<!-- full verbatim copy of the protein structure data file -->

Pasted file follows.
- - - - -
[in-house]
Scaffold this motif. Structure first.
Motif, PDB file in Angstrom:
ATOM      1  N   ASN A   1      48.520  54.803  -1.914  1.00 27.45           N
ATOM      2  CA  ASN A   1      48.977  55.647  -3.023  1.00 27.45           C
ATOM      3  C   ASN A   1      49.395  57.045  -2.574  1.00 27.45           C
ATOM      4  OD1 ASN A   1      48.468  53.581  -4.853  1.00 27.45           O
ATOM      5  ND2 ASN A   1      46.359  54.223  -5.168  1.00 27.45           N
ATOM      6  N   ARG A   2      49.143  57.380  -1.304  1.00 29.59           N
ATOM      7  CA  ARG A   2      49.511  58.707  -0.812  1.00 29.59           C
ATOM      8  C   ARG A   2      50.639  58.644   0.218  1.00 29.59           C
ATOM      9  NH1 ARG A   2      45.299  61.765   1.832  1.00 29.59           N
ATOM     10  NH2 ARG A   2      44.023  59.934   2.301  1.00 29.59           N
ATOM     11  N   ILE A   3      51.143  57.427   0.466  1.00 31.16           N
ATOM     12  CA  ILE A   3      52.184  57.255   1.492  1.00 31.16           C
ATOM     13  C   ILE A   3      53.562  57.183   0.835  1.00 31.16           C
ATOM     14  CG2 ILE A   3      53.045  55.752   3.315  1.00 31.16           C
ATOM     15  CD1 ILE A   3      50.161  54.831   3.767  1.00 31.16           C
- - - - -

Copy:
[in-house]
Scaffold this motif. Structure first.
Motif, PDB file in Angstrom:
ATOM      1  N   ASN A   1      48.520  54.803  -1.914  1.00 27.45           N
ATOM      2  CA  ASN A   1      48.977  55.647  -3.023  1.00 27.45           C
ATOM      3  C   ASN A   1      49.395  57.045  -2.574  1.00 27.45           C
ATOM      4  OD1 ASN A   1      48.468  53.581  -4.853  1.00 27.45           O
ATOM      5  ND2 ASN A   1      46.359  54.223  -5.168  1.00 27.45           N
ATOM      6  N   ARG A   2      49.143  57.380  -1.304  1.00 29.59           N
ATOM      7  CA  ARG A   2      49.511  58.707  -0.812  1.00 29.59           C
ATOM      8  C   ARG A   2      50.639  58.644   0.218  1.00 29.59           C
ATOM      9  NH1 ARG A   2      45.299  61.765   1.832  1.00 29.59           N
ATOM     10  NH2 ARG A   2      44.023  59.934   2.301  1.00 29.59           N
ATOM     11  N   ILE A   3      51.143  57.427   0.466  1.00 31.16           N
ATOM     12  CA  ILE A   3      52.184  57.255   1.492  1.00 31.16           C
ATOM     13  C   ILE A   3      53.562  57.183   0.835  1.00 31.16           C
ATOM     14  CG2 ILE A   3      53.045  55.752   3.315  1.00 31.16           C
ATOM     15  CD1 ILE A   3      50.161  54.831   3.767  1.00 31.16           C